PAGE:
According to this article it is better to use lemon essential oil when washing vegetables. It is said to add prepared mixture to spray bottle but nothing about if it is possible to store spray bottle and under which temperature.

This is why i ask this question here. Maybe somebody knows?

Also, is it critical to store mixture in a clean new spray bottle or i can use cleaned spray bottle from windows cleaning detergent?


  • 3
    I would strongly suggest not to do that. First, WikiHow and random YouTube videos are not such a great source of information, and this thing is just wacky. The idea that you can dissolve hydrophobic residue on fruit with oil may be OK, but it won't happen with a few drops of oil in water, you'll need to wash the fruit in pure oil (which leaves you with the problem to remove the oil from the fruit). Second, commercially sold essential oils are not food grade, a bottle I found in the cupboard is clearly marked as irritant and has some boilerplate about seeking medical help if ingested.
    – rumtscho
    Commented Oct 15, 2011 at 19:08
  • Sites like wikiHow and eHow are widely considered to be content farms with unreliable content. For things that are already common knowledge, they'll probably be just one more highly SEOed copy of it on the internet, but then there are tons of articles like this. I'd suggest avoiding them altogether, since if you "learn" anything new, you have to go check somewhere else whether it's true or not anyway.
    – Cascabel
    Commented Oct 16, 2011 at 5:16
  • @rumtscho What if i clean with lemon juice but not oil? What is the difference between both actually? I can also use lemon acid or lemon sauce?
    – Boris_yo
    Commented Oct 16, 2011 at 18:09
  • An essential oil is produced by distillation and/or steeping plant matter in a solvent (and the solvent can be toxic when ingested). It chemically extracts the aromatic compounds of the plant. A juice is produced by pressing, and contains the water-based fluid from the fruit, but no solvents. The video recommends using oil, because it fears that the fruit surface is contaminated with water insoluble pesticides. If we assume that there are such pesticides and there is sense in removing them, it is physically impossible for juice, citric acid, or drops of essential oil in water to remove them.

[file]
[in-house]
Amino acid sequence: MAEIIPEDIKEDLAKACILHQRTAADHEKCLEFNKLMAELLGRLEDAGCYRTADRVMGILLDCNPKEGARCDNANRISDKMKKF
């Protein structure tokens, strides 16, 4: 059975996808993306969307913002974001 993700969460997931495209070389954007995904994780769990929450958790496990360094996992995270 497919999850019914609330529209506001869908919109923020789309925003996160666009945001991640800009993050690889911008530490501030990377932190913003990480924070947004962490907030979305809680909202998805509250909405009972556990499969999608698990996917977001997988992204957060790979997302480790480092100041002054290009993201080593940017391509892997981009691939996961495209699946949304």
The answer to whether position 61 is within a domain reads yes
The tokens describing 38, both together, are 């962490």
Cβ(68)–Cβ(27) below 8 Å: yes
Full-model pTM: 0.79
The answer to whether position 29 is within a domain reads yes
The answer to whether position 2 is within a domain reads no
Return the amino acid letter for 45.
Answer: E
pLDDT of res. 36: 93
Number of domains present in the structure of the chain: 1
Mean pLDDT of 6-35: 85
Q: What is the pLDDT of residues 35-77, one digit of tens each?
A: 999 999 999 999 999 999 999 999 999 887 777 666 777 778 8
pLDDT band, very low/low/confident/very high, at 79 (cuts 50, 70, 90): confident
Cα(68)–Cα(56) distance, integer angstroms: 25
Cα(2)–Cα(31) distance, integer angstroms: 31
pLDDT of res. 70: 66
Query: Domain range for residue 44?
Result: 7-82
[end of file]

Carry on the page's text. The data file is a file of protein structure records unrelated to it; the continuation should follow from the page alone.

– rumtscho
    Commented Oct 17, 2011 at 0:24
  • 1
    But I doubt very much that there is any need to do it. There are laws against selling fruit covered in toxic pesticides (except fruit with inedible rind), and government inspections make sure that producers/importers comply. Washing fruit with pure water is enough to make it safe to eat. Until somebody publishes a peer-reviewed study that washing with something else makes it significantly safer (as opposed to somebody spreading untested ideas on YouTube), there is no need to wash with anything else. If you are still afraid of pesticides, buy organic fruit, it has none per definition.
    – rumtscho
    Commented Oct 17, 2011 at 0:30

1 Answer 1


I don't see a point to doing this at all. The lemon oil may act as a mild surfactant in larger quantity. Use water and elbow-grease to clean your veggies -- you're primarily trying to remove dirt. Use of Scotch Brite-style scrubbing pads (so long as they're detergent-free) works nicely for heartier veggies like carrots and potatoes, and a vegetable brush or cloth for more delicate things.

If you're trying to kill germs, you may want to try soaking briefly in a VERY mild bleach solution. If you're trying to prevent browning via oxidation, particularly in cut vegetables, acidulated water should do the trick -- add some lemon juice or crushed vitamin C tablets to water and soak until needed.

  • "The lemon oil may act as a mild surfactant in larger quantity". Is that good or bad for effective cleaning?
    – Boris_yo
    Commented Dec 5, 2011 at 11:59
  • 1
    Surficants are good at cleaning. Citrus oils are added to soaps to help with this. But to use pure lemon oil in a quantity that would act as a soap, you'd be spending way too much money. You're better off just getting some sort of food-grade soap. Commented Dec 5, 2011 at 14:22

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